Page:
Virtual Lectures

Registration required. Each lecture $15; $10 for Winterthur and DMNH members (enter discount code MEMBER)

Here Comes the Bride: Recreating Ruth Wales’s 1916 Wedding Gown
March 9, 6:00–7:00 pm

Armed with just two photos and a newspaper description, Dr. Karin Bohleke of the Fashion Archives and Museum of Shippensburg University undertook the commission to recreate Ruth Wales du Pont’s stunning wedding gown for the exhibit Lady of the House: Ruth Wales du Pont. Learn how knowledge of historic dressmaking techniques and a handful of period examples informed Dr. Bohleke’s painstaking efforts and discover what the gown reveals about the bride.

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Lessons from the Luthier
March 16, 6:00–7:00 pm

Third-generation old-world luthier Manuel A. Delgado of Nashville-based Delgado Guitars will share his family’s business story that dates back to 1928. Through the generations, Manuel learned not only how to be a luthier, or maker of stringed instruments, but he also learned many lessons taught to him by his grandfather and father about life. “Start with the end in mind,” Candelario Delgado, Manuel’s father would tell him from the time he could remember. This instruction has been one of Manuel's guiding principles and one he is instilling in his daughters, the fourth generation of Delgado Guitars. Join Delgado for a discussion of his life, art, and the music that has shaped his business.

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The Met’s New British Galleries
March 23, 6:00–7:00 pm

The Metropolitan Museum of Art’s renovated British Galleries, which opened early in March 2020 (for the museum’s 150th anniversary), now tell a nuanced story about Britain’s imperial past and its dealings with the rest of the world. Lead Curator Wolf Burchard describes the reimagining of ten galleries, including three magnificent historic interiors, to present British art and design from a fresh perspective.

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Taking Our Time: Paper-Cut-Project’s Slow Approach to the World of High Art and Fast Fashion
March 30, 6:00–7:00 pm

The Paper-Cut-Project’s innovative paper wigs and masks have captured the imaginations of fashion’s most illustrious houses, including Hermès, Cartier, Valentino, Christie’s, and the Victoria & Albert Museum. Celebrating just over ten years since their collection debuted, Amy Flurry and Nikki Nye have been sought out for private commissions and public installations by fashion houses, museums, and hotels and have been featured in the New York Times, Vogue Italia, and among numerous art books.

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Unlikely Friends: H. F. du Pont and Dr. Albert Barnes
April 6, 6:00–7:00 pm

Du Pont focused on fine antiques, while Barnes preferred modern art and folk art: what could they possibly have in common? Winterthur Estate Historian Jeff Groff attempts to shed light on the shared interests of these world-renowned collectors while also exploring du Pont’s other connections to the world of modern art from the 1930s to the 1950s.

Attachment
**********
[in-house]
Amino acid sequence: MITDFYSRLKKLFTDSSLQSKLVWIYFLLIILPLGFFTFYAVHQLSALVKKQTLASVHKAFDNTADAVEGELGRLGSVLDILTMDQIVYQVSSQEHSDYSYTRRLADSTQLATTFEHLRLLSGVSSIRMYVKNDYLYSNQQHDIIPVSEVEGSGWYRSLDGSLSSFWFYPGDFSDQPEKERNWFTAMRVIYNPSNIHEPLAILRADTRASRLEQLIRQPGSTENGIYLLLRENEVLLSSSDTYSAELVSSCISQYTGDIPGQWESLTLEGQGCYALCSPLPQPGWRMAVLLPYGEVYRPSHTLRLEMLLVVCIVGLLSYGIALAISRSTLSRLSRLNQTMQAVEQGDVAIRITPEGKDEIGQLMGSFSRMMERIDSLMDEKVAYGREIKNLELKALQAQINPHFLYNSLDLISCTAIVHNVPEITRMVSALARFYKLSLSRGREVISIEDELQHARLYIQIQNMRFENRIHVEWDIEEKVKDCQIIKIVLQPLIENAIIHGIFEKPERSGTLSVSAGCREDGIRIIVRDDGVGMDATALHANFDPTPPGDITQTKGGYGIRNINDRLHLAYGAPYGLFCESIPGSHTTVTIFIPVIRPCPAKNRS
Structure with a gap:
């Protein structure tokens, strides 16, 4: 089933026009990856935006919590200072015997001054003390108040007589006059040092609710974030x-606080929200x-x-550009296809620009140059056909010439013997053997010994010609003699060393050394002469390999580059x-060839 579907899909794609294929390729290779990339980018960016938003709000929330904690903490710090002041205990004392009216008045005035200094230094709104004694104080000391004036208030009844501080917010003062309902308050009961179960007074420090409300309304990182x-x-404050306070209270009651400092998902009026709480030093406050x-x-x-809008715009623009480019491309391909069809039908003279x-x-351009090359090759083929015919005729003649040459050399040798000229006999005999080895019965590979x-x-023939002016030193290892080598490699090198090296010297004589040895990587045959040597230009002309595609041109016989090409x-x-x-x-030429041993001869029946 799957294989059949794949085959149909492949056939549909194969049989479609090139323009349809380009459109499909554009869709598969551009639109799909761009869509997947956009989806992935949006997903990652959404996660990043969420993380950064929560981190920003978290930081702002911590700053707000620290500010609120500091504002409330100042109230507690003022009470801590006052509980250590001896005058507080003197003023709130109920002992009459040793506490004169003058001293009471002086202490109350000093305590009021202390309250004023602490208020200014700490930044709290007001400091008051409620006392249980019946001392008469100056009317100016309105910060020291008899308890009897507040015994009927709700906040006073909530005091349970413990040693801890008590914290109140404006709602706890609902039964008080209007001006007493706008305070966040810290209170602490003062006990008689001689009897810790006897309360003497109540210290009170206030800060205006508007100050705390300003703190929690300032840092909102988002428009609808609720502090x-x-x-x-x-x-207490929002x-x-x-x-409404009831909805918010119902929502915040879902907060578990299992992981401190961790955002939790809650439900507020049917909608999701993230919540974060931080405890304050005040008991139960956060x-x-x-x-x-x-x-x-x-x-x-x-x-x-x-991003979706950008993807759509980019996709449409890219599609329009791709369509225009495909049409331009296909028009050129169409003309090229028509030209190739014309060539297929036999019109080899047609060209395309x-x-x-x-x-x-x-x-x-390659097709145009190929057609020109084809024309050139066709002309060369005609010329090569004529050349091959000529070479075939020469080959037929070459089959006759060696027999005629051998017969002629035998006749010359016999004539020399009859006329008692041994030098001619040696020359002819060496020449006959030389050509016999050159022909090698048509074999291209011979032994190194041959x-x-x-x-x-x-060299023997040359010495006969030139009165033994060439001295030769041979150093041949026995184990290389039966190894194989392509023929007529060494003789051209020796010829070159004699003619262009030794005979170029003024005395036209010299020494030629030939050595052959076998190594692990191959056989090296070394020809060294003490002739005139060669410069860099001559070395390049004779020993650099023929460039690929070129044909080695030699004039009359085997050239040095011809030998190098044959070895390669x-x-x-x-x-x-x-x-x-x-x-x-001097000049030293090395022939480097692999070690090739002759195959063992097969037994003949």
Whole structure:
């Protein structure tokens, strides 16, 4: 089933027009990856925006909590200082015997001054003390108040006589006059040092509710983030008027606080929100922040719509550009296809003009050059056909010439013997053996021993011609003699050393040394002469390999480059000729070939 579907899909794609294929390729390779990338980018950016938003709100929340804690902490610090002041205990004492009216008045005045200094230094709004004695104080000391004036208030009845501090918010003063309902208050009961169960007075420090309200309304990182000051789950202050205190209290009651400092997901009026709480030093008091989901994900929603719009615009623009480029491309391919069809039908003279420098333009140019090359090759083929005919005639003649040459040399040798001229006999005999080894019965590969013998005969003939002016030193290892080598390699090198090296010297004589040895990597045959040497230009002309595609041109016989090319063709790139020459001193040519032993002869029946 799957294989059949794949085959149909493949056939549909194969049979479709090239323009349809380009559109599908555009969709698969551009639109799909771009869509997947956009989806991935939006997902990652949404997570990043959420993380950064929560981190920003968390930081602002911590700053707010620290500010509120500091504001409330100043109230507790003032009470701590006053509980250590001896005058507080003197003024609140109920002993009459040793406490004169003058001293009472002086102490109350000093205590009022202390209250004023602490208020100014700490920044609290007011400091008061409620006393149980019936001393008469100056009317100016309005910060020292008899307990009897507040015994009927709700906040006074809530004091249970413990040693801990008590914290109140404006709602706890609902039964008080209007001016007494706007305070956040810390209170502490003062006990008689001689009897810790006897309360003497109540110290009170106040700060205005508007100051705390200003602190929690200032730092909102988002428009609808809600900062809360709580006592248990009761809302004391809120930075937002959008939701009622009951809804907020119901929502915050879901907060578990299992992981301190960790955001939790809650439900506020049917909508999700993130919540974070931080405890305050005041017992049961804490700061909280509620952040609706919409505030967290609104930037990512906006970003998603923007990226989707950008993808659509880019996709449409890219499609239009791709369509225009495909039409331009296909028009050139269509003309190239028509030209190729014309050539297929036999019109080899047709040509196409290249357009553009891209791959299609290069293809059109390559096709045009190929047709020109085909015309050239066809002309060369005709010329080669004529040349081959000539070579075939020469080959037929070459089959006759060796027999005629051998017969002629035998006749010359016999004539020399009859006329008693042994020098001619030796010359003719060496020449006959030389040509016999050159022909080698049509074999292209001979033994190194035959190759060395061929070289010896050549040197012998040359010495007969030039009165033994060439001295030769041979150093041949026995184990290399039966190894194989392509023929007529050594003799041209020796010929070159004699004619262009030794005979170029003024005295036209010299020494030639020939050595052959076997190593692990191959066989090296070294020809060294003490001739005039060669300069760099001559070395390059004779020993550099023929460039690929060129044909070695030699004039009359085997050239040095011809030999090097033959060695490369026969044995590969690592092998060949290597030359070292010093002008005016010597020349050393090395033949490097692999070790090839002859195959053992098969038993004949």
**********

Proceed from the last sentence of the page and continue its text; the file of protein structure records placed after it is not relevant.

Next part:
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The Persuasive Power of Letterforms
April 13, 6:00–7:00 pm

Letters do more than merely convey information; they have the capacity to persuade, entertain, and even provoke us. Our humble alphabet wields tremendous influence simply through the personality expressed by its forms. Ken Barber, COO and director of Typeface Design at Delaware-based House Industries, gives us a peek behind the curtain at the foundry’s library of internationally recognized fonts, as well as a selection of the hand-lettered identities that House Industries has created for people and brands the world over.

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Birth of a Salesman: The Streamlining of Raymond Loewy
April 20, 6:00–7:00 pm

What would the American landscape of consumer products look like without the influence of “the father of industrial design” Raymond Loewy? Biographer John Wall describes Loewy’s story as one of immigrant striving accomplished through streamlining his own image—carefully building an international reputation through assiduous courting of journalists and tastemakers to become the face of a new profession—industrial design.

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From Drawing Board to Dinner Table
April 27, 6:00–7:00 pm

Mottahedeh, Inc., is the recognized leader in luxury ceramic antique reproductions and historic designs. Wendy Kvalheim, owner and design director, chronicles the how-to of creating ceramic dinnerware at her ninety-year-old company, which celebrates complex and beautiful colors, unique historic shapes, centuries-old craftsmanship, and an impeccable attention to detail.

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Delaware Mineralogical Society Evening Lecture Series

March 8, April 12 & May 10, 7:00 pm

Delaware Mineralogical Society is a nonprofit organization dedicated to the promotion and education of mineralogy, paleontology, and the lapidary arts. Monthly meetings with speakers and programs promote the goals of the society. The presentations will be on-site at Winterthur with time for Q & A at the end. Register through Christine Verdi Visit for more information. Free and open to the public. All ages are welcome. 

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